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Many of these shows, including Avatar, stood out for featuring darker, more serious storylines than typically told in Western cartoons aimed at children. This mirrored the greater dramatic diversity of anime, be it throughout Japanese animation or even in single shows. The Boondocks, an adaptation of Aaron McGruder's sociopolitical satire comic, combined McGruder's art style with one more traditional anime one. This was especially noticeable in the show's rare fight scenes, which moved with the swift, electric grace of Dragon Ball Z and Naruto. The show's upcoming reboot series makes the animation even closer to its Eastern inspiration.

STEVEN UNIVERSE: MAGICAL BOY

Though its animation is more in line with the "Calarts" style, Steven Universe almost bleeds its anime influences. For one, its protagonist is a gender-bent twist on the Magical Girl subgenre popular in shōjo -- anime targeted toward girls and young women. The most obvious source of influence for this was Sailor Moon, one of the most popular shōjo properties in both Japan and in the West. Rebecca Sugar, creator of Steven Universe, describes how her formative introduction to anime in '90s America paved the way for her own show in a recent interview with Polygon.

"I think what’s interesting now about this generation of American artists is that for me, a lot of that stuff I was saying, I was watching it on Cartoon Network when I was a kid. I was watching Tenchi Universe and I was watching Sailor Moon, and I understood it wasn’t American, but I didn't understand it didn't belong on Cartoon Network, 'cause it was there."

Another favorite of Sugar's was Revolutionary Girl Utena, the progressive sexual politics of which was no doubt a huge influence on that of Steven Universe's. And the impact of Japanese pop culture on Sugar is writ large not only in theme and style throughout the show but also in its visual references, from Neon Genesis Evangelion to Final Fantasy VII.

FULL CIRCLE

castlevania

The biggest irony of all this is that anime owes some of its origins to the West. Osamu Tezuka is considered the "father of anime," creating such early classics as Astro Boy and Jungle Emperor, known as Kimba the White Lion in the West. Tezuka's art style and storytelling were impacted by those of Disney, eventually earning him another title: the Walt Disney of Japan. To add to this irony, Jungle Emperor would become a point of controversy because of The Lion King's similarities to it, decades later.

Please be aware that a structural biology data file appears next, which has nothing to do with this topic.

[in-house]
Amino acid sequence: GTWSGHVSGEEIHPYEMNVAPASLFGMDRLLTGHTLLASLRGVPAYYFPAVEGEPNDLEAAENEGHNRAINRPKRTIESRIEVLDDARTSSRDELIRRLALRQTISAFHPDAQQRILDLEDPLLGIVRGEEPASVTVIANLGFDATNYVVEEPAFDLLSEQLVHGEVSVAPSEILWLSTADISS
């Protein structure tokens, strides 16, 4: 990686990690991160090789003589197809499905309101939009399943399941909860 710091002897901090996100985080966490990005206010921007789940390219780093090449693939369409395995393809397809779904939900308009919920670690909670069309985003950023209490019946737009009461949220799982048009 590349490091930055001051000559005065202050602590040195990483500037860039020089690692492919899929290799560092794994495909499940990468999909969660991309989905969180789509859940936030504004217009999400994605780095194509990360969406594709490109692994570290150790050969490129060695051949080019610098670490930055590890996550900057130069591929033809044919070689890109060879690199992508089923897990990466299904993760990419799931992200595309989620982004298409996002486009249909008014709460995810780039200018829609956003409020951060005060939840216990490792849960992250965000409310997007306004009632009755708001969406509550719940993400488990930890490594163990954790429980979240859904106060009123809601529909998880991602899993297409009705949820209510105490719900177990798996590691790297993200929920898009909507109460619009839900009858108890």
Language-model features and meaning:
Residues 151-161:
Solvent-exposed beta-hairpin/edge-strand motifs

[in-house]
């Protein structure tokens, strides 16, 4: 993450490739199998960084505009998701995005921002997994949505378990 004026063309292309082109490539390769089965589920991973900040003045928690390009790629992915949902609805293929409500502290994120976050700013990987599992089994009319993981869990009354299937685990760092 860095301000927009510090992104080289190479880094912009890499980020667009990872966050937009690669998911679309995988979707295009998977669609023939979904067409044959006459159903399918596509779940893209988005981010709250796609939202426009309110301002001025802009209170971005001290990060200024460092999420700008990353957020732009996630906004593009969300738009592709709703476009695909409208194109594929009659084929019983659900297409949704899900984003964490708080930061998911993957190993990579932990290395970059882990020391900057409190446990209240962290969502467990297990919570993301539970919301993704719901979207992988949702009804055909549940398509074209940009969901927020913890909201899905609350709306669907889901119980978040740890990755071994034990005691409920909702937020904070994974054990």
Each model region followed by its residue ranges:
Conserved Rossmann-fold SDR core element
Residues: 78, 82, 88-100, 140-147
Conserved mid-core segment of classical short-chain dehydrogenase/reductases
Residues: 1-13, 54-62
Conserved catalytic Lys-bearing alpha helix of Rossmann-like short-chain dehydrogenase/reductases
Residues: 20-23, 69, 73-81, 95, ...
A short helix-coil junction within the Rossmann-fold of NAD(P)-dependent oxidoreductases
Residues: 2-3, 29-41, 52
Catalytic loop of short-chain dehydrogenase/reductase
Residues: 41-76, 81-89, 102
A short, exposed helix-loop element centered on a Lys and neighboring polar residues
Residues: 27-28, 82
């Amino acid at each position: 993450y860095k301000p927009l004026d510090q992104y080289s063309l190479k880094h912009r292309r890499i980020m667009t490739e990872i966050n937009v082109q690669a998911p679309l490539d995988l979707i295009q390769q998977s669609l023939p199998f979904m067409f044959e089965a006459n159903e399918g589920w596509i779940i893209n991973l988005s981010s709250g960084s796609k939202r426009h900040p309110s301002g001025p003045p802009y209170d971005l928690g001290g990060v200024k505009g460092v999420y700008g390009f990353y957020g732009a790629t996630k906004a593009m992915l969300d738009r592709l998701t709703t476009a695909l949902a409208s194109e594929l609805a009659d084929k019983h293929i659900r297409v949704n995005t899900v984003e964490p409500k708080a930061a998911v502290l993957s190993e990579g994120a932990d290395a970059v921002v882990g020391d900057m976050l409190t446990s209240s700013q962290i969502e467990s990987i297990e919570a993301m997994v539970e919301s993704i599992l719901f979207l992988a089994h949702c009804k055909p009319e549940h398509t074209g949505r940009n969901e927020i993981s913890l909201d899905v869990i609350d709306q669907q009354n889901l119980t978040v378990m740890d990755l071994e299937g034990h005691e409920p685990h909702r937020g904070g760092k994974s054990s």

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Just as anime once imitated American animation to try and carve out its own identity, now, numerous non-Japanese cartoons use their resemblance to anime as a marketing tool. Some achieve this look and feel through direct collaboration between Western and Eastern studios.

Miraculous: Tales of Ladybug & Cat Noir and Winx Club are French and Italian produced series, yet both deliberately resemble Magical Girl anime. Winx Club has its roots in Italian manga while Miraculous is co-produced by legendary anime studio, Toei Animation. Both shows have flashing, light-filled action sequences, as well as transformation stock footage similar to Sailor Moon and Tokyo Mew Mew. Even Rooster Teeth's RWBY hid its relatively low budget with visual cues and designs from anime, as well as a magical school setting common in today's supernatural-themed anime.

Some productions that originate in the West, such as Netflix's Castlevania adaptation and the streaming service's upcoming He-Man reboot are marketed under the banner of anime and use animation staff from Japanese studios like Madhouse. Cannon Busters, an "original anime net animation," is actually based on an American comic book. These almost indiscernible differences have shaped Western cartoons to the point where they have taken on a hybrid, globalized identity. And this is largely thanks to the international success anime achieved in the 1990s.

The kids who grew up with those shows are now creating their own, and today's viewers may be none the wiser of how yesterday's foreign classics are still shaping today's home-grown favorites.